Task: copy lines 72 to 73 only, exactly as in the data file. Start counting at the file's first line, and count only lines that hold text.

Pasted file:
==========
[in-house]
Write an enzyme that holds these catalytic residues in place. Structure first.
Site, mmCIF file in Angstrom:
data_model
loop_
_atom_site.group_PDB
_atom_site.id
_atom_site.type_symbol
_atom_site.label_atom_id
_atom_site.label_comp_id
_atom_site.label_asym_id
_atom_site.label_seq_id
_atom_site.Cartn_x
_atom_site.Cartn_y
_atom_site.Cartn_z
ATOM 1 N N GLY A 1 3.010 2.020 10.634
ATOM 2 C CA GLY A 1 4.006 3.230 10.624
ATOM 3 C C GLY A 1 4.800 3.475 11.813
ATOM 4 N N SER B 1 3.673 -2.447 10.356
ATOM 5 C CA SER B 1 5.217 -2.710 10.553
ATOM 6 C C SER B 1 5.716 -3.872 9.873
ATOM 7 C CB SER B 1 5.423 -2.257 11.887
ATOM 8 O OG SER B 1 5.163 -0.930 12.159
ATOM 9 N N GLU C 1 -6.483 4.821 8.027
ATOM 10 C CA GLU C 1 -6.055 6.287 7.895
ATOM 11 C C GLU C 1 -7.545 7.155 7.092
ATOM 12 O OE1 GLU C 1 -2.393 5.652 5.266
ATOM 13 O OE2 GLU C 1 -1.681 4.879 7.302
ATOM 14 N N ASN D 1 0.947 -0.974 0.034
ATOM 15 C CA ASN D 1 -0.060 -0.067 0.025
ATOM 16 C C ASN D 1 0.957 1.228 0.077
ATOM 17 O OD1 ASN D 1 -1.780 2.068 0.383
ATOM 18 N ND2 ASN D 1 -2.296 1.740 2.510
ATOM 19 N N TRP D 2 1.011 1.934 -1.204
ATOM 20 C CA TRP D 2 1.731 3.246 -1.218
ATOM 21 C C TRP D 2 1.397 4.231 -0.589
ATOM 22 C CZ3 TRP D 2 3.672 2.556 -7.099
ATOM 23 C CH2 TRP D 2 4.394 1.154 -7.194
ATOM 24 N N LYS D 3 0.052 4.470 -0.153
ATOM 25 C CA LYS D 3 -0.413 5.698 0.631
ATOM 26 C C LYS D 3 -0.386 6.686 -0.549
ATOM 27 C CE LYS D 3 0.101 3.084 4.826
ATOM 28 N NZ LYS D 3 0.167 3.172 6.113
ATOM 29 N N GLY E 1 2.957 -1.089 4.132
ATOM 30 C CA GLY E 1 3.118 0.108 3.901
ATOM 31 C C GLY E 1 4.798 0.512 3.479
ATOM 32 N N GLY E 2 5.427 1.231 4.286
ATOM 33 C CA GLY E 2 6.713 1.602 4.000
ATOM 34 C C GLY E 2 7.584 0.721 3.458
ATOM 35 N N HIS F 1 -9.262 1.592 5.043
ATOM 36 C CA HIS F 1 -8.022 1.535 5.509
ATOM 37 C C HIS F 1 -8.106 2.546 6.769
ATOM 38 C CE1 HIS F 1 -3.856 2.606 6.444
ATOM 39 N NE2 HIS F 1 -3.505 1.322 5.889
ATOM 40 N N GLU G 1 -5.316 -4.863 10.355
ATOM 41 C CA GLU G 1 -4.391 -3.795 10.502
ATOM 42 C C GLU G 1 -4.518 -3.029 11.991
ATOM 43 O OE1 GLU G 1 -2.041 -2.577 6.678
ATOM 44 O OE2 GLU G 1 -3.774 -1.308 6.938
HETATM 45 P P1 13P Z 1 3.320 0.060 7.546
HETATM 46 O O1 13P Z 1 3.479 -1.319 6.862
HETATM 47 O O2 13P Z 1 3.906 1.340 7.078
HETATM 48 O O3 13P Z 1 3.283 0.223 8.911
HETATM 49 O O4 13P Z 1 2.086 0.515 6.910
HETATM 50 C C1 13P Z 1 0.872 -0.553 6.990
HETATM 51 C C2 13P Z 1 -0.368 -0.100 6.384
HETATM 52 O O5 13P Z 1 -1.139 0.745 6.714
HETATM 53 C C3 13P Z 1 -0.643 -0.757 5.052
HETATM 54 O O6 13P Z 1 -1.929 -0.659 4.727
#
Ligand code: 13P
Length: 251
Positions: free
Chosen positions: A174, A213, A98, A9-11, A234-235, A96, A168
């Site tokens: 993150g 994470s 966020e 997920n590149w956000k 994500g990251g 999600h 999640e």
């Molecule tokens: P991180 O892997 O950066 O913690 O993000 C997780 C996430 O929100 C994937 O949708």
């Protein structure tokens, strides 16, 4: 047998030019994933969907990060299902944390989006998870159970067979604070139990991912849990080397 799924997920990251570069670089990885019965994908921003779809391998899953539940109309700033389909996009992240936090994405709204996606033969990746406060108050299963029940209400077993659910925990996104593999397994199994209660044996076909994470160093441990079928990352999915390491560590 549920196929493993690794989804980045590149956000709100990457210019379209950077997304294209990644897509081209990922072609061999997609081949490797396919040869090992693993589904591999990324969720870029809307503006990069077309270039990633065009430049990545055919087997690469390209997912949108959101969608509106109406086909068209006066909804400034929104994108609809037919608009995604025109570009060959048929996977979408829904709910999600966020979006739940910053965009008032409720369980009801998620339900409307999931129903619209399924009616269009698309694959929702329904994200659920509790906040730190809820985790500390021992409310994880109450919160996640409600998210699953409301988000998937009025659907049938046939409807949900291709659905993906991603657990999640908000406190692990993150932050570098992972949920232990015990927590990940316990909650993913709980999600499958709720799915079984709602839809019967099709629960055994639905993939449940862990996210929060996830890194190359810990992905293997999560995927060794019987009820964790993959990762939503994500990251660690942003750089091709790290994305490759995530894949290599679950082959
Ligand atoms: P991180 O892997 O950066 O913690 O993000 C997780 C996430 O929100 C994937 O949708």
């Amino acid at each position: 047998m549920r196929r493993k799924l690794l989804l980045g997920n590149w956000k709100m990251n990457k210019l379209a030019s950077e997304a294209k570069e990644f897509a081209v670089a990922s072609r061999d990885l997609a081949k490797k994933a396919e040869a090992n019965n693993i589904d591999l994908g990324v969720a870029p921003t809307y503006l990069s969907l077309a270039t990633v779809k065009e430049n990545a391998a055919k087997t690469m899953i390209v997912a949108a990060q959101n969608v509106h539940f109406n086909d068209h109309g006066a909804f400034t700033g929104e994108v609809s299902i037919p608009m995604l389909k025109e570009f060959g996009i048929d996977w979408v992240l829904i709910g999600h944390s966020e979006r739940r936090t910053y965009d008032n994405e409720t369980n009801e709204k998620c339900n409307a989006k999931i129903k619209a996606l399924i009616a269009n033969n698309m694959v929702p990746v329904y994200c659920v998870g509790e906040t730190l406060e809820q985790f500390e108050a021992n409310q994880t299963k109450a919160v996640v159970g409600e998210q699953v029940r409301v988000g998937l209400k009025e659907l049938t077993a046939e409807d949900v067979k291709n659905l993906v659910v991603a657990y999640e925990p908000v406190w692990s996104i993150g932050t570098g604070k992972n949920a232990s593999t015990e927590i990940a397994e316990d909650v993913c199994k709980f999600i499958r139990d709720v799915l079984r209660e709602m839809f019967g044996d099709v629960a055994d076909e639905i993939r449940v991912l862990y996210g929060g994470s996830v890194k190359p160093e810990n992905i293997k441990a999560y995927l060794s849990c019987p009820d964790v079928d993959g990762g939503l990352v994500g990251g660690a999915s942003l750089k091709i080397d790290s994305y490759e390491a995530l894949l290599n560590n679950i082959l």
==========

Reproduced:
Length: 251
Positions: free